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Friday, Oct. 24, 2014

Third-grade teacher surprised to learn classroom has 4 sets of twins

By Mary Richards, Deseret News

Published: Tue, Sept. 2 11:40 a.m. MDT

 Third-grade teacher Andrea Wood has a unique class this year at Columbia Elementary School in Kaysville: four sets of twins make up one-third of the class. They include (pictured standing, from left to right) Bennet and Aiden Campbell, Logan and Gracie Sundloff, Sara and Alyssa Norton, and (kneeling) Brighton and Brendan Pierce.

Third-grade teacher Andrea Wood has a unique class this year at Columbia Elementary School in Kaysville: four sets of twins make up one-third of the class. They include (pictured standing, from left to right) Bennet and Aiden Campbell, Logan and Gracie Sundloff, Sara and Alyssa Norton, and (kneeling) Brighton and Brendan Pierce.

(Mary Richards, KSL NewsRadio)

KAYSVILLE — For a teacher, getting to know all of your students at the start of the school year can take a while.

For Andrea Wood, a third-grade teacher at Columbia Elementary School, that task may be a bit tougher this year. That's because she has four sets of twins in her classroom.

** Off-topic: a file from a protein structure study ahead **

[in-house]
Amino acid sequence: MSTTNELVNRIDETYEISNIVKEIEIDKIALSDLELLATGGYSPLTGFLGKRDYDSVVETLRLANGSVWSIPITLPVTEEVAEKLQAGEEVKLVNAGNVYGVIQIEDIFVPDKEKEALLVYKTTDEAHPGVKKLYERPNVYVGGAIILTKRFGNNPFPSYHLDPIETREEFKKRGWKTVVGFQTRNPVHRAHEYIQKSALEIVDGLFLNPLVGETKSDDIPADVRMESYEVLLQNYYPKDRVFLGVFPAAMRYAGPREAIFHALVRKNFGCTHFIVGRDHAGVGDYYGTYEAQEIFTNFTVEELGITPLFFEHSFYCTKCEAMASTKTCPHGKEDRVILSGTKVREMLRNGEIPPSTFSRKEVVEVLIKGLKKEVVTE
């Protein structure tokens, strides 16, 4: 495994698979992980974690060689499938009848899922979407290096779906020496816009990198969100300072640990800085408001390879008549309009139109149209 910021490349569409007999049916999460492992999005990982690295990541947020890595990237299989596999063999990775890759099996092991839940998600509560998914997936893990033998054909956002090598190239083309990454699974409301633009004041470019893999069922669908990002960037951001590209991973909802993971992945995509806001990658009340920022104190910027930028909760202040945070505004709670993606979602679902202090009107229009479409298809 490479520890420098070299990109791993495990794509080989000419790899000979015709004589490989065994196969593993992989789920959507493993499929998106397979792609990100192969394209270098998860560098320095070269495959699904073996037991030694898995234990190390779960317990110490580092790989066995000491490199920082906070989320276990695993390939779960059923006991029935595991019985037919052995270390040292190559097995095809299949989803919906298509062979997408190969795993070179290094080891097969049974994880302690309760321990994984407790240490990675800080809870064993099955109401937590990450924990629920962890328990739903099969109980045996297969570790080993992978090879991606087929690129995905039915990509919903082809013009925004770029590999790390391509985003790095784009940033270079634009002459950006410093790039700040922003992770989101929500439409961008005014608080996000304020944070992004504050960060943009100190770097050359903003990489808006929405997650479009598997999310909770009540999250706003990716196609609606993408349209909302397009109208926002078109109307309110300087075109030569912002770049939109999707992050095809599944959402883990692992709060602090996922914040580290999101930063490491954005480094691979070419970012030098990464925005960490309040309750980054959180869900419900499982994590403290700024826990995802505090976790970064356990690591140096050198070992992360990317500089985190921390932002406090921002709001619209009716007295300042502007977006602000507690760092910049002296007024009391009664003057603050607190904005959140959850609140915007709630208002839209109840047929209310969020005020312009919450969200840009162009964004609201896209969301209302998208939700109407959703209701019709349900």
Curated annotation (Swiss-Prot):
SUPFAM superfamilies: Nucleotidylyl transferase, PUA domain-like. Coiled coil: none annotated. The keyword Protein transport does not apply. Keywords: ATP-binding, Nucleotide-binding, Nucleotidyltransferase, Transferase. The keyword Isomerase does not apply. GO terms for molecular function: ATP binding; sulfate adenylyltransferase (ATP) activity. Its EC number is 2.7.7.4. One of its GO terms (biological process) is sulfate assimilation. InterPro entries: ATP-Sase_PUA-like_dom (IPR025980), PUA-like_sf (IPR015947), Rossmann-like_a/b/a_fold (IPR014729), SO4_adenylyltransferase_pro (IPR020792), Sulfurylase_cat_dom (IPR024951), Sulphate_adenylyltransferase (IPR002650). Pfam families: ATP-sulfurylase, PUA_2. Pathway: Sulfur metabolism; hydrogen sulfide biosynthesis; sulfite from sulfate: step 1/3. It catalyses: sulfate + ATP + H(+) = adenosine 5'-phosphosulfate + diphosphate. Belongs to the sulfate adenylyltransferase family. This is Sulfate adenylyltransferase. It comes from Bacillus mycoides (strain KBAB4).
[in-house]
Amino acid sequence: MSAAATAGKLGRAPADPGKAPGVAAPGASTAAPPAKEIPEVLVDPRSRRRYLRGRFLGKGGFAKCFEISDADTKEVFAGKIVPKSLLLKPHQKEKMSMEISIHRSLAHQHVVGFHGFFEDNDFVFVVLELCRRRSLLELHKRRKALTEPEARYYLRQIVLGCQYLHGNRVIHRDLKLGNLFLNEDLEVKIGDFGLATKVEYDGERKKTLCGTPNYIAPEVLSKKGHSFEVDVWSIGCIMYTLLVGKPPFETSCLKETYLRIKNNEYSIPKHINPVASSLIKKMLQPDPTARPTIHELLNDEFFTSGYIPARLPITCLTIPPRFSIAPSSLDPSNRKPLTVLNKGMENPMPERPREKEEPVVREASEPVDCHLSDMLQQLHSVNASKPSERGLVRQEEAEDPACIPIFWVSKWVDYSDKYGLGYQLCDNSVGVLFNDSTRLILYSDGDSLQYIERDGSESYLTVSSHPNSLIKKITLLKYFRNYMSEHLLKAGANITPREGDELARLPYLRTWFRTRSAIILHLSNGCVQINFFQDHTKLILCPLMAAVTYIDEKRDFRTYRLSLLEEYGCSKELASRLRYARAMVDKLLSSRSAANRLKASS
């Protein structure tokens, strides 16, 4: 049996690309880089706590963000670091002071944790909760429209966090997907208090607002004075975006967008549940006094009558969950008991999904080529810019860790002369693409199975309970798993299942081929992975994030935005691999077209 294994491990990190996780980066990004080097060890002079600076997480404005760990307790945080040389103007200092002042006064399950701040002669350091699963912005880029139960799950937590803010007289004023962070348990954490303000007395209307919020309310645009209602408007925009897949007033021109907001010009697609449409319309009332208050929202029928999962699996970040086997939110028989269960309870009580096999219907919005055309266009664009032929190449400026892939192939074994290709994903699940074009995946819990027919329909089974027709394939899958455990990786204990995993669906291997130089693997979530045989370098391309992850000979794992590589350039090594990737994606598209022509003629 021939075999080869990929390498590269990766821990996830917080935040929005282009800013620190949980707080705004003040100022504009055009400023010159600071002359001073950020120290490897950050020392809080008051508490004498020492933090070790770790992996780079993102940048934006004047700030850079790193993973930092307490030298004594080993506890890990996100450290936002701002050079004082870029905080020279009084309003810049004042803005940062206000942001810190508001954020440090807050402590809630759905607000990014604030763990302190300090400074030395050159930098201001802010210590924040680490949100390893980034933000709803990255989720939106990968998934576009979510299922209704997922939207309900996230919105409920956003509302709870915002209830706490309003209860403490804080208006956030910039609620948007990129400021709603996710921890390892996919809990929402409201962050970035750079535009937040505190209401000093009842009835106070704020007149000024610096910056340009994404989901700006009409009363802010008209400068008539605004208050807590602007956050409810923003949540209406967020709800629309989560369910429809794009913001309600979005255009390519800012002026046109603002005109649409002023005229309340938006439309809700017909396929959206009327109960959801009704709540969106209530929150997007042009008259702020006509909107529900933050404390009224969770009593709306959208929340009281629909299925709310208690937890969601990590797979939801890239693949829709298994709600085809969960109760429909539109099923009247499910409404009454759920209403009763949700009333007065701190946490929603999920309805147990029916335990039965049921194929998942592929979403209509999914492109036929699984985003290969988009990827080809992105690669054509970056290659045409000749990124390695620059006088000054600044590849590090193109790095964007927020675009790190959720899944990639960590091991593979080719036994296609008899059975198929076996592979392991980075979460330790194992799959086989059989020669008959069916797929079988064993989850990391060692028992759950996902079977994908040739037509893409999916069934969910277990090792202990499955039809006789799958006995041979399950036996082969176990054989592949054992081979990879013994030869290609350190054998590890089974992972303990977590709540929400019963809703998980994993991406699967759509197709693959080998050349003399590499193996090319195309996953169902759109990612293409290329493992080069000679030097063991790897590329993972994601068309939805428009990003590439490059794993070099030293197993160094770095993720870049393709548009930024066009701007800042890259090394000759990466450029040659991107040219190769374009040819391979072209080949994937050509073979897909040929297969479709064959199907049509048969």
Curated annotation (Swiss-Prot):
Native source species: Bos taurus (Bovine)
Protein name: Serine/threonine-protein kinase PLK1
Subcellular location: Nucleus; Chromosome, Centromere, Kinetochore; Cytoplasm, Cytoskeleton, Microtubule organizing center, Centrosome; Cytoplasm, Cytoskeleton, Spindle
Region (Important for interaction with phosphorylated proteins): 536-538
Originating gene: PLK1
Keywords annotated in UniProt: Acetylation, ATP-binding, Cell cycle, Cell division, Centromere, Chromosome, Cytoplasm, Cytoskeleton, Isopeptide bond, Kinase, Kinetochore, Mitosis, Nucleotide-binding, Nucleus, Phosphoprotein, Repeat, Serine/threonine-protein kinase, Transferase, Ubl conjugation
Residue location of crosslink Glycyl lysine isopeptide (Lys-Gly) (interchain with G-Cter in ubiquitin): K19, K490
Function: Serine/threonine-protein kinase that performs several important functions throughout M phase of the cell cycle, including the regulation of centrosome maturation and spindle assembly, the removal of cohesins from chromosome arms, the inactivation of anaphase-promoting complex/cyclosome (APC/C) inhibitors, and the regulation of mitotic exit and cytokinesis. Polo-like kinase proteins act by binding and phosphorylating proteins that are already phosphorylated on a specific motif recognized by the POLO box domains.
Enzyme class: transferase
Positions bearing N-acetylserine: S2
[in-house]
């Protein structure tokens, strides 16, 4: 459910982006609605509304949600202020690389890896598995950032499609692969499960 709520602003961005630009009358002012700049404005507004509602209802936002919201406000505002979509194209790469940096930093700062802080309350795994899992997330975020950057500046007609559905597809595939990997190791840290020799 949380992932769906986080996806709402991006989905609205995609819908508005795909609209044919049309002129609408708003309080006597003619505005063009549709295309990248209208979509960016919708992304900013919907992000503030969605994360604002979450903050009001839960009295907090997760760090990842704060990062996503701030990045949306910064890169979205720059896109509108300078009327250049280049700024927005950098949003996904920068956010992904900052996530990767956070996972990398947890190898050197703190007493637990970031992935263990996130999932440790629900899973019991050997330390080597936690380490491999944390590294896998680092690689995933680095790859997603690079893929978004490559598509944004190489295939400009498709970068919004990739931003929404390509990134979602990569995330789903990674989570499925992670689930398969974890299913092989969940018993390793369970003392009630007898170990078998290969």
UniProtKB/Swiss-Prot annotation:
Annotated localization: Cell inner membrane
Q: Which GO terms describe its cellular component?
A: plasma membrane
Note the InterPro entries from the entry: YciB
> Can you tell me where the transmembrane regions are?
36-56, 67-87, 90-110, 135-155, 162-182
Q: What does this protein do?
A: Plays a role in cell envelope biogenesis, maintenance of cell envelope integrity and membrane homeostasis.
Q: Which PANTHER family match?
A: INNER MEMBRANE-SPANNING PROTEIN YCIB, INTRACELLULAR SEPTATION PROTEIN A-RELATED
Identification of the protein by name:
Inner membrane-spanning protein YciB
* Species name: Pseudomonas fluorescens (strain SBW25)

“Getting to know them has been really fun; they're just really great kids," Wood said. "It's exciting, and I think they're excited about it, too.”

Bennet and Aiden Campbell are the only set of identical twins in the class; Logan and Gracie Sundloff, Sara and Alyssa Norton, and Brighton and Brendan Pierce are all fraternal twins.

Wood said she was surprised when she learned about the dynamics of her new class, but says they might make some things easier.

“When it comes to parent-teacher conference time, I’ll have one parent to talk to (for each set of twins)," she said. "And I think for parents, it might be easier to have just one set of teacher rules and other things to get used to.”

As for the twins, they all like being in the same class as their sibling; and Wood has no plans to change that.

“I have twins in my family — my sister has identical twins — and I also have a really good friend (who's) a twin. … And they say, 'Don’t split them up,'" she said.

Still, separation from one another inside the classroom might be a different story. While Wood has the siblings sitting next to each another as the class gets to know one another, she said they'll probably be separated eventually.

Down the hall, another class is dealing with a similar situation, albeit on a much smaller scale. There is a fifth set of twins, another identical pair, in Columbia Elementary's third-grade class.

Email: mrichards@deseretnews.com

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